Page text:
Review: War on the brink of madness in “Journey’s End”

Review: War on the brink of madness in “Journey’s End”

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Catch this flick today through tomorrow, April 12 at Fountain Theater, 2469 Calle De Guadalupe. Admission Prices: Regular $7; Matinees $6; Members $5; Seniors over 60, Military, and Students with ID $6; Wednesdays $5.  

Grade: A

Photo courtesy of imdb.com Coping mechanisms for the three junior officers in the dugout are just not working as they face the horrors of war.
Photo courtesy of imdb.com
Coping mechanisms for the three junior officers in the dugout are just not working as they face the horrors of war.

By Jeff Berg
For the Bulletin

Although this film takes place on the fields of war in 1918, it is more about the psychological effects upon the soldiers rather than actual combat, which only takes place in two brief, but harrowing sequences.

Based on a play from 1928, and already made into a film a couple of times previously, “Journey’s End” often has the feel of a play, one that is very intense and real.

The settings are dank, wet, mud-filled, dark and depressing, and often underground in a dugout or in the trenches, which becomes a major factor in the picture.

A new and enthusiastic officer, Raleigh, has requested and received assignment to the area commanded by a friend, Captain Stanhope, who he knows from school and family acquaintances.

Unbeknownst to Raleigh, Stanhope is on the edge of madness, unable to cope without drink and seldom willing to do as ordered, which then leads only to the butchery of more and more of the men in his command.

Typical coping mechanisms for Stanhope and the other junior officers in the dugout – Osborne, Mason, and Trotter – just don’t work, and Stanhope is at the end of his rope while still trying to protect his men from the sacrificial slaughter ordered by higher-ups on the British front.

The film also depicts the class divisions, daily and mundane routine, and mental anguish shared by these men.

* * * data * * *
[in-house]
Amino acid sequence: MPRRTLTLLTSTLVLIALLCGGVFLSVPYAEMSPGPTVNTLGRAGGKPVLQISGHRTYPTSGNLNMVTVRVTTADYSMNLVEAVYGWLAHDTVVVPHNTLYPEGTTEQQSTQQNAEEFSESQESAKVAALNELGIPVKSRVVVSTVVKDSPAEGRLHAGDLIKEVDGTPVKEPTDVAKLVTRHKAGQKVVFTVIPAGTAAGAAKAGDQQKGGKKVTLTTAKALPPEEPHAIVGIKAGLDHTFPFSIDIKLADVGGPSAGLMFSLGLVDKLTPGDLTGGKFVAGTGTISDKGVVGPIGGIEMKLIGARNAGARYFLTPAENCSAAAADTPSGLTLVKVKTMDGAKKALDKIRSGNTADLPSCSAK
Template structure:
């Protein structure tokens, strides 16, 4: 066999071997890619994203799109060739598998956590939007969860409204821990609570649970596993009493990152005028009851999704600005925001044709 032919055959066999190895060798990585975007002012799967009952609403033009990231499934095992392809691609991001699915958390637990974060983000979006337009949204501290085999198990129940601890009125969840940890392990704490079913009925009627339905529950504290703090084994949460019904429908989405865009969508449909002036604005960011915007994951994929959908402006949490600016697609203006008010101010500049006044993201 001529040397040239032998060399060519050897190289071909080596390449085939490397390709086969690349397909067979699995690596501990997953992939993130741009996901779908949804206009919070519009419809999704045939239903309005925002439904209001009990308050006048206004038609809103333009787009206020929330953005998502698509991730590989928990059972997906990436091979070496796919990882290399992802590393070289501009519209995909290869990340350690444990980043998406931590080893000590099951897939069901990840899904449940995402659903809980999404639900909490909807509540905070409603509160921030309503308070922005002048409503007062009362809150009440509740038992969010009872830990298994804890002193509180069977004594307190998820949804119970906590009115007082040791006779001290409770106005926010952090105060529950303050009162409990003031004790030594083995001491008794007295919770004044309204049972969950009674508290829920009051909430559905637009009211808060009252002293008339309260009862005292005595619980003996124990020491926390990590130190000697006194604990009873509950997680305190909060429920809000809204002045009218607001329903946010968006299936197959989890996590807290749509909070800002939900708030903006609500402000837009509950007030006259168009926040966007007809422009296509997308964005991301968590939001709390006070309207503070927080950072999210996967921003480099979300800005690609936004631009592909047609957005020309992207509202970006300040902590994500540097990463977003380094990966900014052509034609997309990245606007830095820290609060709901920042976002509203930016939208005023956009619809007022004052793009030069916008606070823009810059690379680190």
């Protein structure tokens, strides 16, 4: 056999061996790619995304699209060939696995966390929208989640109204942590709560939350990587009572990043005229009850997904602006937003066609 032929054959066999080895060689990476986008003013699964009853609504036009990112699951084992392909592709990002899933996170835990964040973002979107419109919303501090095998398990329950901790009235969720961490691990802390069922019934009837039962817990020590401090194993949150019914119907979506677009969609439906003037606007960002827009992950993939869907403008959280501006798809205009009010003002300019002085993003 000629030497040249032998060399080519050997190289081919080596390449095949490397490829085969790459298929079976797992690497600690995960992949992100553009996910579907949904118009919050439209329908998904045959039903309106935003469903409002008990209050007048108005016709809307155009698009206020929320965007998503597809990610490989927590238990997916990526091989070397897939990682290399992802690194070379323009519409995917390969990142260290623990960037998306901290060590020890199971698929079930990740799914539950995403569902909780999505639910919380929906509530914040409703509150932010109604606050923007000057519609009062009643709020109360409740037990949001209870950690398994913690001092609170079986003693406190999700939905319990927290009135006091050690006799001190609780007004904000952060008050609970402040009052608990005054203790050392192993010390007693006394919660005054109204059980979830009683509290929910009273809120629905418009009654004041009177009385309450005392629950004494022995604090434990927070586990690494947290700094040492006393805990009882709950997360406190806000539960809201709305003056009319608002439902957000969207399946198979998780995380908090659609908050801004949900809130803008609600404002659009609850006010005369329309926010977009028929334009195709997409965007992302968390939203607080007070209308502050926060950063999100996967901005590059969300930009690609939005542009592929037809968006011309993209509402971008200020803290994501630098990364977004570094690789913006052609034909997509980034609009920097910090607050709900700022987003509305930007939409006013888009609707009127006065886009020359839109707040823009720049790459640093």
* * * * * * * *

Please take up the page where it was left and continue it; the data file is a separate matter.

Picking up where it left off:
Ordered, to some relief, to not attack, at least for a while, Stanhope and Raleigh exchange brief but biting conversations at the same time we watch Stanhope lose more and more of his loose grip on reality. The other men try to remain upright and stoic, but it is of little use at this point in a war that ended up taking the lives of nearly 10 million soldiers (on both sides) and over 7 million dead civilians.

The play, written by one R.C. Sheriff, is a classic in anti-war works, based on his own experiences as a Second Lieutenant who saw combat duty before being wounded at Ypres.  Denied a permanent position in the army, he later wrote more plays and several screenplays for American-made films including the superb “Mrs. Miniver,” which starred one-time New Mexico resident Greer Garson and told the story of a family’s tribulations during the early days of World War II.

It won six Oscars including best picture and best actress for Garson.

“Journey’s End” probably won’t win any big awards, but it is a fine study in the ways of war, thus offering even more reasons for war to cease once and for all.

Jeff Berg has been reviewing movies for the Bulletin since 2002. He lives in Santa Fe and may be reached at nedludd76@hotmail.com.

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